Customs at Hong Kong airport reports 2 successful searches

The two cases involve the attempted import of illegal animal products and the smuggling of a large consignment of cocaine. The perpetrators now face significant penalties if they are found guilty by the local courts. The official investigations are still ongoing, so the trials against the suspects have not yet begun.

Hong Kong Customs seized over 800 kg of dried shark fins with an estimated market value of about HK$4 million at Chep Lap Kok Airport  –  courtesy: Hong Kong Customs

Despite strict international sanctions, the international trade in protected animals and banned animal products is flourishing unabated. During a routine inspection at Hong Kong’s Check Lap Kok airport, customs officials discovered a large consignment of dried shark fins. The packages were processed in Dubai and loaded on board of a Hong Kong bound airline, apparently unnoticed by local controllers.

The fins of most sharks are cut off while they are still alive
The sharks are then usually thrown overboard of the fishing vessels, where the largely immobile animals are left to die in extreme agony.

The quantity now detected and seized at Check Lap Kok is considerable: 800 kg of dried shark fins, packed separately and mixed with other seafood consignments, stored in 25 boxes. Estimated total value of the shipment: 4 million HK dollars. The goods in question were smuggled because the shipment did not appear in any of the accompanying documents. After a thorough investigation, customs officials arrested a 56-year-old female manager of the recipient company, who is suspected of being connected to the crime. The investigation is ongoing, and the arrested person has been released on bail, pending further investigation.

Fourth largest criminal offense worldwide
The penalties for such offenses can be drastic. Under the Endangered Species Protection Ordinance, any person found guilty of importing or exporting an endangered species without a permit, is liable to a maximum fine of HKD 10 million (US$1.275 million), and imprisonment for ten years.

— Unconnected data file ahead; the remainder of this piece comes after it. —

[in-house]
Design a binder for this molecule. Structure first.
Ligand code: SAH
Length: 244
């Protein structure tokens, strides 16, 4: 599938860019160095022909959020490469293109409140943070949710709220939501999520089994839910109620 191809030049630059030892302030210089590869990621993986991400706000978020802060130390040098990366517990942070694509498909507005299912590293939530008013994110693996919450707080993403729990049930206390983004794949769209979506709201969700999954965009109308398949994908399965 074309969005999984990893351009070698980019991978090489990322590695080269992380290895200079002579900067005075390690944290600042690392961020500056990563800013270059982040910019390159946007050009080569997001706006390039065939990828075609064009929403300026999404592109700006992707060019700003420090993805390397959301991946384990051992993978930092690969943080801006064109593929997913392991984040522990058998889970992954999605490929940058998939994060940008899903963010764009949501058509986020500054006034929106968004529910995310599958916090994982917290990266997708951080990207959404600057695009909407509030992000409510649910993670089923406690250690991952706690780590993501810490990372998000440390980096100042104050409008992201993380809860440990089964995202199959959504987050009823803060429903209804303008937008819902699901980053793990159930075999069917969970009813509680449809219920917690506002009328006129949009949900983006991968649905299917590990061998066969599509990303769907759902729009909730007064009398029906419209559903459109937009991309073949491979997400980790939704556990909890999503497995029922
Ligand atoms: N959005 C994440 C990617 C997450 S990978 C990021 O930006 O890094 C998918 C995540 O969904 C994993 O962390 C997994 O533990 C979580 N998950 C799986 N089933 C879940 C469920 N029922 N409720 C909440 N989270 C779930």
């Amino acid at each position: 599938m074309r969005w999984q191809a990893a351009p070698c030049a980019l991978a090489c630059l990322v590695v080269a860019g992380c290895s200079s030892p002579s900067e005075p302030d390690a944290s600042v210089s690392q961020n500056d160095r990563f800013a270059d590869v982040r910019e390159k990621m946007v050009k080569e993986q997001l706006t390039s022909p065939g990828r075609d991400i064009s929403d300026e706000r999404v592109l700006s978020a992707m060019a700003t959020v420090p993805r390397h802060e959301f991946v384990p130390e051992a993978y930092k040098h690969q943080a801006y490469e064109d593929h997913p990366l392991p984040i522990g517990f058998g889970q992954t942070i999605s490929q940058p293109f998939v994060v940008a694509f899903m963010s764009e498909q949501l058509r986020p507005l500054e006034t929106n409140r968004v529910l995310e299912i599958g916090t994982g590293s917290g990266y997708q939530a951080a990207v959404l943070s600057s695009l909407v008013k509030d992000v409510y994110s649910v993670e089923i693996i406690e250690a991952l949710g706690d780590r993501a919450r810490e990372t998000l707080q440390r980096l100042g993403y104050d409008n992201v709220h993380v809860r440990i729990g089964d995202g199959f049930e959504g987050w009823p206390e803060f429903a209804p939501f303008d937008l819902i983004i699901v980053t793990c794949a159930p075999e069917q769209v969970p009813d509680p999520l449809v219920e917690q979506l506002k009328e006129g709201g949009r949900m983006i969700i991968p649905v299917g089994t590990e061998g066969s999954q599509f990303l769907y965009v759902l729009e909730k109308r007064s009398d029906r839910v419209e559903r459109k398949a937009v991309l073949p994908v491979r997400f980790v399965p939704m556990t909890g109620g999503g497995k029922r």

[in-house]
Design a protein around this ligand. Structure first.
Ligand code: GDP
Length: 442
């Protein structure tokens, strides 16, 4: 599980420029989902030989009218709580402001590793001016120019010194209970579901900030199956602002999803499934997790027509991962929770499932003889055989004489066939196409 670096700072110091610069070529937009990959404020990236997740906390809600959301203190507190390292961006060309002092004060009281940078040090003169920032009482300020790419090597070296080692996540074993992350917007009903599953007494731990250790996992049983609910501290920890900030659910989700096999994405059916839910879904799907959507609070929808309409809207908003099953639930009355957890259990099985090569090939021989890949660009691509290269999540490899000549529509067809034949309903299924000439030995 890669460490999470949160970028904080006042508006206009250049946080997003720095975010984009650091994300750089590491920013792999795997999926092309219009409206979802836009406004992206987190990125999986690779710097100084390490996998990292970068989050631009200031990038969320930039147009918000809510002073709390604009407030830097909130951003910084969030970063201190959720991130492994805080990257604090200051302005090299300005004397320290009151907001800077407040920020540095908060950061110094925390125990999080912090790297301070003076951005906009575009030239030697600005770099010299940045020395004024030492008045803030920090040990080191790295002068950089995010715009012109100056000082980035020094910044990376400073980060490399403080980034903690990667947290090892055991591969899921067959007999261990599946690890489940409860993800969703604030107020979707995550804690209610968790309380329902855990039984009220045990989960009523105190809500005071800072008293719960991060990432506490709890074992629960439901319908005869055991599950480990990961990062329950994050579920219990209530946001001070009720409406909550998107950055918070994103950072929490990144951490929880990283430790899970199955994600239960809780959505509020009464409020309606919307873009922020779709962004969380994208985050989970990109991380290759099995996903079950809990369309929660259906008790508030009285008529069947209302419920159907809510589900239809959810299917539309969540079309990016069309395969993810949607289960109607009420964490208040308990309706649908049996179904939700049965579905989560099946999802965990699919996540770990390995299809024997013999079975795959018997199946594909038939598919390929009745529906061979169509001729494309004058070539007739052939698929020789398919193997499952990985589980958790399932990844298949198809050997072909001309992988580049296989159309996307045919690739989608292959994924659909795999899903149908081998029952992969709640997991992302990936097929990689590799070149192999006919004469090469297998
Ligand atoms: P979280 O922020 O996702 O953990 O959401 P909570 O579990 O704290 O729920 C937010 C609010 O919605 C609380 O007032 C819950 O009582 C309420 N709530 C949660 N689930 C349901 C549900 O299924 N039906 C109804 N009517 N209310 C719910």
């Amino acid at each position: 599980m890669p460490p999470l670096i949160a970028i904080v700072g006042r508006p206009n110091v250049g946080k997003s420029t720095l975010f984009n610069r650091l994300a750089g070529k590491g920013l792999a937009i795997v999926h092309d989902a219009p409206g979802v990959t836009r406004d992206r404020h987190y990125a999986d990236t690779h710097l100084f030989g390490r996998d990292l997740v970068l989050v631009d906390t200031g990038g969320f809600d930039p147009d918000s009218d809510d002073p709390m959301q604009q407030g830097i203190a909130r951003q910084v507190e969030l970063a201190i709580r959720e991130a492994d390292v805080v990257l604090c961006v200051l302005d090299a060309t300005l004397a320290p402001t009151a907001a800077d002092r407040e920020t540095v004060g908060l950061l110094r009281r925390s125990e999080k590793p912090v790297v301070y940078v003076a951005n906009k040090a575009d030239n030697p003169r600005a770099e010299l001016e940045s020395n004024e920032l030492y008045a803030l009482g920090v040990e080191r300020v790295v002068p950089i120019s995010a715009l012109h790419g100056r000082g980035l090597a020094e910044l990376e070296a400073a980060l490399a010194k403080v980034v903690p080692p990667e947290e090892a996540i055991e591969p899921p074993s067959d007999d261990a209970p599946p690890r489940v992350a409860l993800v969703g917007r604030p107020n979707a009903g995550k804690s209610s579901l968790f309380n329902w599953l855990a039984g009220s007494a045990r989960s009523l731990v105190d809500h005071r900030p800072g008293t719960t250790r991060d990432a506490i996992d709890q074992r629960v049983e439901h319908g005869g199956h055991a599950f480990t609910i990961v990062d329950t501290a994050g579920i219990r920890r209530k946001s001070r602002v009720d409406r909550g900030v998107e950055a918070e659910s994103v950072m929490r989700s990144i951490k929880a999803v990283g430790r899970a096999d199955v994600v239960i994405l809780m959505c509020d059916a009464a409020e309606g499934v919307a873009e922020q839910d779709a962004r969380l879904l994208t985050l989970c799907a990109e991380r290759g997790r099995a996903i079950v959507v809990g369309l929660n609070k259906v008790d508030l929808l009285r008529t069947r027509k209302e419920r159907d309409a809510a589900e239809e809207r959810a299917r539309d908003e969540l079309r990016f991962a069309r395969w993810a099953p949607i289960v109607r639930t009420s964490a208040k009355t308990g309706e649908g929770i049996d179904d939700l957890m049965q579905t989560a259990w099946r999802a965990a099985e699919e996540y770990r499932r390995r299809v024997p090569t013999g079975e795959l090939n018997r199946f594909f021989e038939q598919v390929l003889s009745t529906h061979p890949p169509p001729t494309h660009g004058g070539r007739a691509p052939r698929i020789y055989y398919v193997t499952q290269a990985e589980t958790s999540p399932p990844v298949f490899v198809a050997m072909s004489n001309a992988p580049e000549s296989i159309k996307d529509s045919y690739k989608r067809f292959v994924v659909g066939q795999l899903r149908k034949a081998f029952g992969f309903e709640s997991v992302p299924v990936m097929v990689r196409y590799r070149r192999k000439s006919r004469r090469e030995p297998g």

The case now discovered in Hong Kong, is just the tip of the iceberg. With an estimated annual value of up to 20 billion euros, the illegal trade in wild animals is part of the fourth largest crime worldwide – after drug trafficking, human trafficking, and arms trafficking.

Shark fins achieve high prices on the black market
According to the World Wide Fund of Nature (WWF), more than 80 million sharks are currently killed by fishing every year, often just for the value of their fins, which mostly end up on Asian plates as shark fin soup.

Usually traded secretly, fins reach peak prices of 1,000 USD per kilogram. As a result of massive overexploitation, more than a third of all sharks and also some ray species worldwide, are now threatened with extinction. To prevent this, the WWF is urging an expansion of marine zones in which shark and ray hunting is completely banned. This should go hand in hand with an intensification of controls by customs officials or water police squads.

Cocaine instead of wine
At the same time, customs officials at Hong Kong’s Chek Lap Kok Airport detected another attempt to illegally smuggle goods into the country. They discovered 12 wine bottles hidden in the luggage of two passengers. But instead of wine, the bottles contained a total of around 18 liters of liquid cocaine. According to Hong Kong Customs, the market value of the drugs is in the region of HKD 18 million. The owners of the luggage, a 37-year-old female passenger and a 59-year-old male traveler, were arrested. They had boarded the plane in Kuala Lumpur, Malaysia, and were detained after customs discovered the drugs in their belongings. Now, they face significant penalties. Under the Dangerous Drugs Ordinance, trafficking in drugs such as cocaine, is a serious offense. The maximum penalty on conviction is a fine of HK$5 million and life imprisonment.

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